An example of a significant conservation easement is International Paper Company's agreement to limit disturbance in a 300-foot forested buffer on either side of the Wolf River for 15 miles in Harrison County. The Company negotiated the terms of the easement, and was afforded tax relief. Land donated to the state reverts back to the donating landowner if the land ceases to be used in the program.

Again, participation in the plan is voluntary, and there is no legal obligation to participate in the stewardship plan. A landowner can terminate participation in a non-binding option (the agreement to use BMPs) by giving 30 days notice of his intent to terminate the agreement and withdraw from the program.

Many landowners will probably choose the non-binding agreement to use BMPS when harvesting timber. This kind of participation in the stewardship plan can be terminated easily. The granting of easements and donations of land are not options which may be terminated by 30 days notice. These types of conveyances are governed by Mississippi property law and should only be undertaken after consultation with an attorney. Such legal acts must also be in writing and filed in the public record in the appropriate County Courthouse. There are advantages to donations for the purposes of individual tax and estate planning, and landowners may be interested to know how these can help ease their tax burdens.

The Department of Wildlife, and Fisheries will insure that interested landowners know the difference between non-binding options and other options such as easements and donations. The distinctions among the different kinds of options must be understood by landowners before entering into any stewardship plan.

Tax Relief Features
Under present Federal Tax Law, a landowner can use grants of easements or donations of land for tax relief. A qualified conservation contribution under Section 170 (h) of the Internal Revenue Code is a special class of charitable contribution for which an income tax deduction may be taken equal to 30% of Adjusted Gross Income (AGI) for a total of six years or until the value of the or gift is used up. The gift may be of an easement or of a grant in fee simple, but must meet the conservation purposes test, must be perpetual, and must go to a qualified holder or charity.

Estate tax reductions can also be obtained by certain gifts of qualified conservation easements as defined under Section 2031(c) of the Internal Revenue Code also know as Section 508 of the Taxpayer Relief Act of 1997.

Mississippi passed its own Conservation Easement Act of 1986 which is a statute providing for the grant of easements (see Miss. Code §89-19-1). This statute gives a clear method for granting gifts of land or easements which can qualify the donor for tax relief under Federal law.

Important Features of the Scenic Streams Stewardship Program
1) The program is voluntary, non-regulatory, and was created as a framework for stream conservation in which landowners can participate if they choose. The Mississippi Legislature did not want to create a program which would add any layers of regulation for landowners.

2) Landowners can agree to maintain the biological integrity and value of their property. The benefits of maintaining stable stream banks are many. Bank erosion is decreased, stream channels remain intact, water quality is improved, habitat is maintained for fish and wildlife, landowners keep valuable soil and nutrients on their land. This is conservation on a watershed scale, and modern computer mapping can be used to track the progress of Stewardship Plans.

3) The program confers no new rights on the public to use or access private lands within the boundary of a designated scenic stream area. This program operates under the Public Water Law (Miss Code § 51-1-4) presently in force and does not change the law.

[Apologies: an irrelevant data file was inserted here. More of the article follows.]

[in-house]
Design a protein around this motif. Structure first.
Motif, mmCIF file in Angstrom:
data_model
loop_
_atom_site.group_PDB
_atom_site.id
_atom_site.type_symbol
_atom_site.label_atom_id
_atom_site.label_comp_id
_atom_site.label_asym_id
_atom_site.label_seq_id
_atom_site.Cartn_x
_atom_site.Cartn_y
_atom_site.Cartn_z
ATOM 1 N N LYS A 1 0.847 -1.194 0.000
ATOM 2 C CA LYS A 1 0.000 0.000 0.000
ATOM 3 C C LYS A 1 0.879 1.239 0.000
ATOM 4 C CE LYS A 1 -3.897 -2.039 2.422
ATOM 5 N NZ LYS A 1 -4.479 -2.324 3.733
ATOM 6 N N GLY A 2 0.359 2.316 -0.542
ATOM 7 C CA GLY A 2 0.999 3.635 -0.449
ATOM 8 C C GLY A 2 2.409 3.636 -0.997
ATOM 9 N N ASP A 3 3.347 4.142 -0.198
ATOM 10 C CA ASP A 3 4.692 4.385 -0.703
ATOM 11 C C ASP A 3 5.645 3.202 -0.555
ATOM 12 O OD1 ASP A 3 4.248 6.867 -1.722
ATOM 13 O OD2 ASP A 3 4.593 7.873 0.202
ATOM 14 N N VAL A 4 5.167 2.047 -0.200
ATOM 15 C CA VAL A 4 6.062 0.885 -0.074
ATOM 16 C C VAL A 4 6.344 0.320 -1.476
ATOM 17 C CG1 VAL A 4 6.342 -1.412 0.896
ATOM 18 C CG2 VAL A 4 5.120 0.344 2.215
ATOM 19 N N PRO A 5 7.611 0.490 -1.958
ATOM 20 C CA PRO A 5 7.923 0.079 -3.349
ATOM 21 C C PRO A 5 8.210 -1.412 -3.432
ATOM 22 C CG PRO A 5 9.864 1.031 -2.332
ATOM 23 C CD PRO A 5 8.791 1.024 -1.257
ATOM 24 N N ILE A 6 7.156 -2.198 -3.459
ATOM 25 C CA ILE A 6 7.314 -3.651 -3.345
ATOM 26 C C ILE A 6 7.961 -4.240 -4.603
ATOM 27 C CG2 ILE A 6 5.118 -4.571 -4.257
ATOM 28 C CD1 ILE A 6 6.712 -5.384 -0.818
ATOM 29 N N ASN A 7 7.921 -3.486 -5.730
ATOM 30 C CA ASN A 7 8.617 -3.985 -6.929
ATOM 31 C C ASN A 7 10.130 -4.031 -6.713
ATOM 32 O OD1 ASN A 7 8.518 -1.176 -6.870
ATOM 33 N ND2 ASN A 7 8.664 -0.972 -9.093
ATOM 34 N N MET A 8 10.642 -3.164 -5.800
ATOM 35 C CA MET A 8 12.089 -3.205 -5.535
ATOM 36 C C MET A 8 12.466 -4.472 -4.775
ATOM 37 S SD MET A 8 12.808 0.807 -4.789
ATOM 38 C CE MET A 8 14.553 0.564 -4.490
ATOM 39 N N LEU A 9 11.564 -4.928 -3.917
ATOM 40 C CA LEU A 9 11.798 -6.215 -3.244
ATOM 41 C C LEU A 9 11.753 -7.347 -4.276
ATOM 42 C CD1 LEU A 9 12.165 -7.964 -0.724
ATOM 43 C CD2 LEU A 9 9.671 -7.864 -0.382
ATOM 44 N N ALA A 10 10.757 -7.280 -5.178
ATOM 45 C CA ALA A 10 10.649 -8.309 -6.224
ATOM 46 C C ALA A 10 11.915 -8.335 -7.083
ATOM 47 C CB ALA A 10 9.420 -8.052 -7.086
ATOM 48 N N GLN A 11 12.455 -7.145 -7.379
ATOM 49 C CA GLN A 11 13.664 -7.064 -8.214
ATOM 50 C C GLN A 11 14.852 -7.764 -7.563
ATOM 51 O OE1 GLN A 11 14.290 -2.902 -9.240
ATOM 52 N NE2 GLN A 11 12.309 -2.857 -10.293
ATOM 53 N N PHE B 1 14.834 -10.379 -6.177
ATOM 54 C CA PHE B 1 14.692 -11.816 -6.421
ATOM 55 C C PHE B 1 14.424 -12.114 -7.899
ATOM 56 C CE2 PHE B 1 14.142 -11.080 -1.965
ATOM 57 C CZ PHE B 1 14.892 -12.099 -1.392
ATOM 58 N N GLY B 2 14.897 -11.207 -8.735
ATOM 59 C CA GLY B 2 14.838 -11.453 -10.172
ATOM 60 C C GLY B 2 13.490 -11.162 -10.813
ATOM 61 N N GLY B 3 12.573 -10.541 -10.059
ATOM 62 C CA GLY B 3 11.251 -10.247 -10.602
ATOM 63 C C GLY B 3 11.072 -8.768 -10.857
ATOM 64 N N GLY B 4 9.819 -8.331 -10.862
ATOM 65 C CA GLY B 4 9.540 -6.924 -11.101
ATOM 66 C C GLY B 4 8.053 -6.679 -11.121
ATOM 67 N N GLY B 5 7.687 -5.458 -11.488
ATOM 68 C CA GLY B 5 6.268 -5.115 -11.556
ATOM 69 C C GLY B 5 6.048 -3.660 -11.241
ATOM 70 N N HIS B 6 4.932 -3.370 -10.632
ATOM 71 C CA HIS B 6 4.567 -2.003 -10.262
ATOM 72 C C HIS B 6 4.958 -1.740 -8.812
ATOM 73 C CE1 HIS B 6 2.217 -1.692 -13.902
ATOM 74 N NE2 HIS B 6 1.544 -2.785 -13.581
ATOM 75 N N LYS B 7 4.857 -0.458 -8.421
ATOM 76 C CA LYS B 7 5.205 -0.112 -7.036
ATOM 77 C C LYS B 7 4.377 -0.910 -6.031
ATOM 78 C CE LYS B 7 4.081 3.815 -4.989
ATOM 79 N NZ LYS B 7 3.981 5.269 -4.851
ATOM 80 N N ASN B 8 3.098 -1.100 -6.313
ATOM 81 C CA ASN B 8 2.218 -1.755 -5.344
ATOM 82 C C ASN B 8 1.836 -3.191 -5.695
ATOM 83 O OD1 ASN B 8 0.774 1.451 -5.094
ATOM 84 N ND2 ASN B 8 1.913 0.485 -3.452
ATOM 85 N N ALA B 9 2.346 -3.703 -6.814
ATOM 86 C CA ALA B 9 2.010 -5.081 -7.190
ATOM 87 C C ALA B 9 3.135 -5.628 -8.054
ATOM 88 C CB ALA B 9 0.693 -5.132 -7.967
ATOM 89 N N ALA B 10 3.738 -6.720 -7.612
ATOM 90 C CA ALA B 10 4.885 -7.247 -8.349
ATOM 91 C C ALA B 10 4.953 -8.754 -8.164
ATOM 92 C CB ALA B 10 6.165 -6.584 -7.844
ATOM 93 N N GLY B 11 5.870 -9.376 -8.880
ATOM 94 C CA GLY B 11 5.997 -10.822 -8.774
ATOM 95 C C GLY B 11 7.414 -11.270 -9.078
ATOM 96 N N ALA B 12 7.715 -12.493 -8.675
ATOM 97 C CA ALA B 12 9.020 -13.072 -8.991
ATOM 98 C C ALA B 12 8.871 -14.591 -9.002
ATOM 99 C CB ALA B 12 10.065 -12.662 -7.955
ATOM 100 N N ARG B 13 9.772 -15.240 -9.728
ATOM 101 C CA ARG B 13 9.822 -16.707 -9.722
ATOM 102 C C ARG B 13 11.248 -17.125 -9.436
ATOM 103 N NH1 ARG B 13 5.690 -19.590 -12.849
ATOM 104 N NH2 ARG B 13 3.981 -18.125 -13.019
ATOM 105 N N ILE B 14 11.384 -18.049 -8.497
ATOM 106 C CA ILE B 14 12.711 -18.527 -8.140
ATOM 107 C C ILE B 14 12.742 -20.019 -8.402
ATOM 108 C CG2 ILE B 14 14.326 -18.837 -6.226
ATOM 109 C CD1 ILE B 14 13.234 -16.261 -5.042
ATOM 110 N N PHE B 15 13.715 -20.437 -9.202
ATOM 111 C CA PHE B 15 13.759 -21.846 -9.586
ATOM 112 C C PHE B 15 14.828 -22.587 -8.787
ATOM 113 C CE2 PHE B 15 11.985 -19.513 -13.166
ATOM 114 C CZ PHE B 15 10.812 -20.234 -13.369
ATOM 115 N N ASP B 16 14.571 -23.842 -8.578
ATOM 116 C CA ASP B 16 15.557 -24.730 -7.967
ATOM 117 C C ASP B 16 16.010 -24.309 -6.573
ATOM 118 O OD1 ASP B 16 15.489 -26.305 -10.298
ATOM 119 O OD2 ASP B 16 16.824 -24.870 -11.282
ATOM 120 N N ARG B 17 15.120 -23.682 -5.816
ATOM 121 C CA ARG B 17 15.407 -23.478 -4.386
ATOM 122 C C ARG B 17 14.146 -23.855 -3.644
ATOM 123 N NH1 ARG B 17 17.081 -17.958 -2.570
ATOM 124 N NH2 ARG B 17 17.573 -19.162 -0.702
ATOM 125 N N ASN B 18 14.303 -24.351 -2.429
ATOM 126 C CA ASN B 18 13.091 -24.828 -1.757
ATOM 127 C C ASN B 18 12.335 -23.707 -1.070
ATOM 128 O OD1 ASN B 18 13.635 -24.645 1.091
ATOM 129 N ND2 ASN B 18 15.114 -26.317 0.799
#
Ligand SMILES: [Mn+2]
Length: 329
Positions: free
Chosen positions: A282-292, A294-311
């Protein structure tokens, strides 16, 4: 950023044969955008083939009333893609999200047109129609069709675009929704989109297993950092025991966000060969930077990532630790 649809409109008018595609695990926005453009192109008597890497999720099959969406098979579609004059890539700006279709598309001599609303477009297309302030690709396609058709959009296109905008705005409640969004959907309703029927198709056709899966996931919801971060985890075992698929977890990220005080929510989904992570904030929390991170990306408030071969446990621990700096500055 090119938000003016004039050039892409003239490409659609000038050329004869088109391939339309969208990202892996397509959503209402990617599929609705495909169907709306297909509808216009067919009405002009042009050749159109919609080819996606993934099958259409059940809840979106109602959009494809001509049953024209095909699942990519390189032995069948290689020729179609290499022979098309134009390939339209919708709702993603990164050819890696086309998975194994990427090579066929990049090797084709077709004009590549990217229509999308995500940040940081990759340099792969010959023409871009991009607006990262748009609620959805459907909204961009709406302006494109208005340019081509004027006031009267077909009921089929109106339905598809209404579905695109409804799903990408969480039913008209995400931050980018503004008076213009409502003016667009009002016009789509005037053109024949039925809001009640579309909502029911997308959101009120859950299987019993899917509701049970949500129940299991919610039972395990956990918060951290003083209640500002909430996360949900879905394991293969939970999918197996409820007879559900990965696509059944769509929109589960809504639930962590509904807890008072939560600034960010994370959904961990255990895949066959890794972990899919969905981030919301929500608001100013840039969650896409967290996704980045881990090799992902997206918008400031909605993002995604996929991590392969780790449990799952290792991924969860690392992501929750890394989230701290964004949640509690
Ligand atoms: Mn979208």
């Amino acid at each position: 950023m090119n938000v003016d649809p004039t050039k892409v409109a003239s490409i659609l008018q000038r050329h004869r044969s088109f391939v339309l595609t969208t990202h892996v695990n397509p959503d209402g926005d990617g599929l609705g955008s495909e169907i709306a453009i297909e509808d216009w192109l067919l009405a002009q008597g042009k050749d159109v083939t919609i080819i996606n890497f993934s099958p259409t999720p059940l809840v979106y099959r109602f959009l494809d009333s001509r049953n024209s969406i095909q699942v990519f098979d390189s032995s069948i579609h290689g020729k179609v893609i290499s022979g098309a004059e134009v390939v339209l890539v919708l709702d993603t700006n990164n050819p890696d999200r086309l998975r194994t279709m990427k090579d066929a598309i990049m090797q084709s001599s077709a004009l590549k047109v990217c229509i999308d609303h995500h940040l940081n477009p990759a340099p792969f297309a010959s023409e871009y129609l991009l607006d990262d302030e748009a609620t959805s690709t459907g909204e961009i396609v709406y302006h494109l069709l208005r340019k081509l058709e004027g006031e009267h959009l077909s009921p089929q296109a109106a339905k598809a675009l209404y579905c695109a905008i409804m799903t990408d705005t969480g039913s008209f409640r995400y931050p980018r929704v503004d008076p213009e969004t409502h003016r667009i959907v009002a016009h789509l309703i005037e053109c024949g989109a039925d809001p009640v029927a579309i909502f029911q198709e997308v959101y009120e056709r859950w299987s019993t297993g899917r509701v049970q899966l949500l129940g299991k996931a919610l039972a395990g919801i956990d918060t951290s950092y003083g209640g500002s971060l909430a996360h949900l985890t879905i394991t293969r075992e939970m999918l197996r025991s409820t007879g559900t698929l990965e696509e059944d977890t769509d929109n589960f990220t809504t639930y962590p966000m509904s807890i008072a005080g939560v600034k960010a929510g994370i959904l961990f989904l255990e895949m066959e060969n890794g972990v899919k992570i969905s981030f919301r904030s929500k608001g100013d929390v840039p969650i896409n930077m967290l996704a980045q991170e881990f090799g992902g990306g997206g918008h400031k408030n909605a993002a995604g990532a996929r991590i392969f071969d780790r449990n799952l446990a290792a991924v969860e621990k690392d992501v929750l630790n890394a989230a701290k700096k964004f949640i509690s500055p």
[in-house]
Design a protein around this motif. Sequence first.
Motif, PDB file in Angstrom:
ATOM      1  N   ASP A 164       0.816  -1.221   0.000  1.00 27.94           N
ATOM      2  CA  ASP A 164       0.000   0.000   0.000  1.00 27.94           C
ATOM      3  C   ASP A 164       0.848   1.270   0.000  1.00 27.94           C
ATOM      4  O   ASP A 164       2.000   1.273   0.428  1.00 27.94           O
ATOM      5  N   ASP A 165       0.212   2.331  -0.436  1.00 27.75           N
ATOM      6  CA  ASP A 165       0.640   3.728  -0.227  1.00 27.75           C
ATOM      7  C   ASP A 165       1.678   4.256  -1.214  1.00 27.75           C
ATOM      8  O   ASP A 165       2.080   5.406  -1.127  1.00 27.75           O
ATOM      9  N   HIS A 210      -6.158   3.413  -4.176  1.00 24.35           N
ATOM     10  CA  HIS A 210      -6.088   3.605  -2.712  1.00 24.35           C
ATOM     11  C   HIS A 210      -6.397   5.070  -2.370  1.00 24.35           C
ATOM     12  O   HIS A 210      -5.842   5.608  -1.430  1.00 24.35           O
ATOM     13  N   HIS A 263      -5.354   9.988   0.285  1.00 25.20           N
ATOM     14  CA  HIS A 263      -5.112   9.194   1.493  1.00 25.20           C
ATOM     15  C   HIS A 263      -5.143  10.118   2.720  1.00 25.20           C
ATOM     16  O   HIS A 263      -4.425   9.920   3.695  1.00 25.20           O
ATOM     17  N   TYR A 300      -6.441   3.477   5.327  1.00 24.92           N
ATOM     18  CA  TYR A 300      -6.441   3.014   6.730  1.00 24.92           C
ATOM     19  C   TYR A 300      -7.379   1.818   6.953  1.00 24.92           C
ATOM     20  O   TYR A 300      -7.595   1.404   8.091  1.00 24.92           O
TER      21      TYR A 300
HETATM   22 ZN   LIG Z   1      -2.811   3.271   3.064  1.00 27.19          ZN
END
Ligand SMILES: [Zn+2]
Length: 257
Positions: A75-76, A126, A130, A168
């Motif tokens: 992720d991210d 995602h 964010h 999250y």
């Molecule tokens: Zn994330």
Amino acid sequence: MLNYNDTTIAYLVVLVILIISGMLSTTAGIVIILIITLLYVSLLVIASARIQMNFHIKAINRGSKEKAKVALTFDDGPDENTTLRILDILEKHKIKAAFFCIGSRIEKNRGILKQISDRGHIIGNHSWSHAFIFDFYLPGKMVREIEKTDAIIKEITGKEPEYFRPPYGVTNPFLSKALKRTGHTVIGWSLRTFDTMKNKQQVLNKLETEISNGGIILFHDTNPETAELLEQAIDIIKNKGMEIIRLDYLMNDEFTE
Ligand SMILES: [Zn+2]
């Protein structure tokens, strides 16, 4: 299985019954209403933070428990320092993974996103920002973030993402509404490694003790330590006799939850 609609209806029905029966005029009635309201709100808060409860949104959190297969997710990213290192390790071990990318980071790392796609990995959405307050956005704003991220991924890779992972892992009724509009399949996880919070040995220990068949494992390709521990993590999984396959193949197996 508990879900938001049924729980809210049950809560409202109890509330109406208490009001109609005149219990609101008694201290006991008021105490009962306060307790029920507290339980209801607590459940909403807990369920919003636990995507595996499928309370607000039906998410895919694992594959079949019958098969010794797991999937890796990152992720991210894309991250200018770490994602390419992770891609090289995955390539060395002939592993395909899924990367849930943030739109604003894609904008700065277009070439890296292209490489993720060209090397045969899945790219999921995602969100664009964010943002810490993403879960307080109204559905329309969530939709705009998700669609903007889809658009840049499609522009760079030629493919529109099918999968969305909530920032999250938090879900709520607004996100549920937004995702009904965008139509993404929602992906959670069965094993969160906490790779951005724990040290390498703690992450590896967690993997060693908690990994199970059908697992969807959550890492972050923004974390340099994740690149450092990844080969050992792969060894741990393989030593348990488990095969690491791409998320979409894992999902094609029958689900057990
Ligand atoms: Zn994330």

Since 1988 the Public Water Law has provided for limited public rights for citizens to have " free transport on the water and in the bed and to fish and engage in water sports". Because the adjacent private landowner usually owns the beds and banks of streams, it is trespassing to leave the confines of the stream-bed itself.

Historically, a public right existed for the use of streams for commerce, i.e., to float logs downstream to mills, and to move farm products , especially cotton, by boat or barge. The use of streams for commerce has given way to recreational use, but the public right is still based on the idea of floating a vessel on the water. Floating the stream for pleasure or for fishing is within the intent of the present law, as is wading the stream to fish. Under M.C. § 51-1-4, any unauthorized use or disturbance of streambanks or stream beds is trespassing and subject to criminal penalties. Landowners concerned about liability will note that the Public Water law provides statutory immunity from damages for injuries to people using the stream. For details, see the full text of the Public Water Law included later in this text.

Trespass includes using flood waters to move outside a stream's channel to access private land. Driving a 4-wheeler (ATV) down the channel of a public stream is not within the intended use of the stream, and this activity is usually treated as trespassing under the law.

4) Any landowner entering into a binding agreement (easements or fee donation) for the management of lands along streams shall be eligible for any subsequent incentives that are offered for participation in the Scenic Streams Stewardship Program.

5) The public sections of six streams have been declared eligible for evaluation. That is, the public sections of the following streams have cleared steps one and two in the process: The Wolf River, Black Creek, Okatoma Creek, The Strong River, The Pearl River in Winston and Neshoba Counties, and The Buttahatchie River.

6) With proper notice, landowners may withdraw from non-binding options such as basic BMPS.

Other stewardship options such as the granting of conservation easements along streams, or the donation of land to the Department are binding and may not be terminated with notice of 30 days.